Dodgers Hang on to Earn Clayton Kershaw First-Ever Home Playoff Win

Clayton Kerhaw tied a career-high by allowing four home runs, but the Dodgers' offense kept the Diamondbacks at bay in a 9-5 Game 1 win. Kershaw earned his first-ever playoff win at Dodger Stadium while Arizona starter Taijuan Walker endured one of the toughest outings so far this postseason.
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After losing their final six games to the Diamondbacks to drop the season series 11-8, the Dodgers have been viewed as particularly vulnerable against their rivals in the Division Series. In Friday’s series opener, however, they pounced early and hung on for a 9-5 victory that gave Clayton Kershaw his first career postseason win at Dodger Stadium.

A nasty, brutish and short start

Just four days into the postseason, several starters have struggled early and received quick hooks, but Diamondbacks starter Taijuan Walker may have had the worst night of any. The 24-year-old righty fell behind 4-0 before retiring a batter, and didn’t return for a second inning, forcing manager Torey Lovullo to improvise on top of what was already an improvisation.

The first five Dodgers Walker faced reached base, with a booming 424-foot Justin Turner homer following Chris Taylor’s single and Corey Seager’s walk, and then Yasiel Puig’s RBI double following Cody Bellinger’s single. Puig won a nine-pitch battle (after losing some kind of self-imposed taste test), and Walker didn’t record an out until his 38th pitch, when he whiffed Curtis Granderson. He escaped by sandwiching strikeouts of Yasmani Grandal and,Clayton Kershaw around an intentional walk of Logan Forsythe. The final tally was 48 pitches over 27 minutes.

Though Lovullo never had the luxury of making it official, the Diamondbacks had presumably planned to start lefty Robbie Ray given his dominance against the Dodgers during the regular season (2.27 ERA, 15.1 K/9, 31 ⅔ IP). But Zack Greinke’s short start in the NL Wild Card game led Lovullo to call upon Ray for 2 1/3 innings of relief; his 34 pitches were enough to push him back to Game 2. Instead, Lovullo tabbed Walker over lefty Patrick Corbin and righty Zack Godley, and while he fared well against the Dodgers during the regular season (2-0, 3.24 ERA with 17 strikeouts in 16 ⅔ innings), and posted a 3.49 ERA (137 ERA+) for the year,  it was a different story for Walker on Friday night.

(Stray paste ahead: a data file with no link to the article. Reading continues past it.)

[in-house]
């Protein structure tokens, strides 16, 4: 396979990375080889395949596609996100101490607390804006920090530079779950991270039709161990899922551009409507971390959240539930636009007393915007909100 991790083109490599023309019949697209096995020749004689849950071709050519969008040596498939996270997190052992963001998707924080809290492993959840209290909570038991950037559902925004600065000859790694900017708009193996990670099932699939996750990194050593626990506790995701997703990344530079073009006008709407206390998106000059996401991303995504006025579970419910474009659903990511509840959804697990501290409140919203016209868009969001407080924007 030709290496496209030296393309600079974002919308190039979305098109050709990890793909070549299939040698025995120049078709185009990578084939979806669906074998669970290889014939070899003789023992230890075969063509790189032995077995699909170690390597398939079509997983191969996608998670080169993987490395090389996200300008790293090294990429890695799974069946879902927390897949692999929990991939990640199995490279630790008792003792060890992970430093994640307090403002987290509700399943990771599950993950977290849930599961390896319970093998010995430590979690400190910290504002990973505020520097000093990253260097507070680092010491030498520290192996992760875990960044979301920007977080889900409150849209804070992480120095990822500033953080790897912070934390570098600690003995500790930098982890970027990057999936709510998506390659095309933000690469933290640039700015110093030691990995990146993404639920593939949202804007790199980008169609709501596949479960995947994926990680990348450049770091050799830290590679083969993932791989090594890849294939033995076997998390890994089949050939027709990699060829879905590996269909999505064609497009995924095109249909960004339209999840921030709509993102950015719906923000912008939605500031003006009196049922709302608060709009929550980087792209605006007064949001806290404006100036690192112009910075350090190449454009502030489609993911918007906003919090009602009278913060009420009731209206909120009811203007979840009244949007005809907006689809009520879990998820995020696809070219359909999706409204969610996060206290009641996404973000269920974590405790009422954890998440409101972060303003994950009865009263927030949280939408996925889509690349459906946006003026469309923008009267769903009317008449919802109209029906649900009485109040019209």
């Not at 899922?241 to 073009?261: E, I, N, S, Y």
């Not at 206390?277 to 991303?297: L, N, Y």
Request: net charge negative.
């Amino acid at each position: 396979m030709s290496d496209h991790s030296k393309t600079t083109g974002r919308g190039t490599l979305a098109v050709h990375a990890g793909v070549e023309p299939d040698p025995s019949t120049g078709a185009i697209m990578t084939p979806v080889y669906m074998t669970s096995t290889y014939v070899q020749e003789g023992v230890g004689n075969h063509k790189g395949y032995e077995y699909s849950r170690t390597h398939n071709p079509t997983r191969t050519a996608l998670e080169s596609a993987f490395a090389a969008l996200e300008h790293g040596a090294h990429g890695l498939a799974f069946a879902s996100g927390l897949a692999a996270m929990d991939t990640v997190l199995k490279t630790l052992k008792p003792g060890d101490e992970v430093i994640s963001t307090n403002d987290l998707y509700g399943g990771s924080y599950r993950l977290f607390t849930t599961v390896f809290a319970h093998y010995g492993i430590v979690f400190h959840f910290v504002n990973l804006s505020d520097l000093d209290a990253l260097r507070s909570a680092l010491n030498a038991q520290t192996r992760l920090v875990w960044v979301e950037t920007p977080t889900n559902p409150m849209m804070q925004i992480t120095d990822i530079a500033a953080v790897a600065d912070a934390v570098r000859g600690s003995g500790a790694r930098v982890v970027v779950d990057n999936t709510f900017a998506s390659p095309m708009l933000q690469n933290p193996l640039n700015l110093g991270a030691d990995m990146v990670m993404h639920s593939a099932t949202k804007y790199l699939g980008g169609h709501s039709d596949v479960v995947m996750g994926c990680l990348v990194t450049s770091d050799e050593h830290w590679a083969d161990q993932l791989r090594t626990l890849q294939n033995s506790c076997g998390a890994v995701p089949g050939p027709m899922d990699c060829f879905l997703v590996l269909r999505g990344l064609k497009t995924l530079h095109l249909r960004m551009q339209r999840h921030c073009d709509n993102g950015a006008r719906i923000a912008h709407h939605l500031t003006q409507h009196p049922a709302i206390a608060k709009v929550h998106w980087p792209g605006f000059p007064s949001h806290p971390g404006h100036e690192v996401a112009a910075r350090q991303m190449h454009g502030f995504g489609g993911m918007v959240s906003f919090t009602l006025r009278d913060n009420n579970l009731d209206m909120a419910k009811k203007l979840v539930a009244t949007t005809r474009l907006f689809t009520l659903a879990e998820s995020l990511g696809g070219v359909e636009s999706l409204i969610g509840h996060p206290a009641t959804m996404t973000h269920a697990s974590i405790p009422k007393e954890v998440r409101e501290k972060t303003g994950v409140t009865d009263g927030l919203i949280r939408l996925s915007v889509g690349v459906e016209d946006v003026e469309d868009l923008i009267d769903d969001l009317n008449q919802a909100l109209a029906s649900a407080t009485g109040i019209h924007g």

Walker’s start was the shortest of the 16 so far this postseason, and his 19 Game Score—the Bill James formula that credits and debits various outcomes in a pitcher's line score for comparative purposes, with 50 being average—was worse than all but Boston’s Drew Pomeranz (17, by allowing four runs in two innings but only striking out one) earlier on Friday.

Godley came on in relief and soaked up five innings, allowing a pair of runs. In the fourth inning, however, the Dodgers turned a trio of singles, a walk, an error (on Godley himself, trying to field an infield squibber) and an infield grounder into a three-run rally just after the DIamondbacks had cut the score to 4-1. Given the way the Diamondbacks clawed their way back against Kershaw, the rally proved to be a costly one.

Shaky Kershaw

The Dodgers could have been forgiven for holding their breaths and wondering if Kershaw would catch whatever postseason “flu” felled aces Chris Sale, Corey Kluber and Greinke, not to mention other frontline starters. Despite five ERA titles, including this year (2.31) and three Cy Young awards, the 30-year-old southpaw’s postseason track record coming in (4-7, 4.58 ERA) was notoriously unimpressive.

Though he kept the Diamondbacks off the scoreboard early, Kershaw labored, walking leadoff hitter David Peralta and needing 22 pitches to escape the first inning. His whiffs of Paul Goldschmidt and J.D. Martinez, two Diamondbacks who have bedeviled the Dodgers (the latter had a four-homer game against them on Sept. 5) offered reassurance, and he struck out six of the first nine batters he faced before serving up an A.J. Pollock solo homer in the third inning.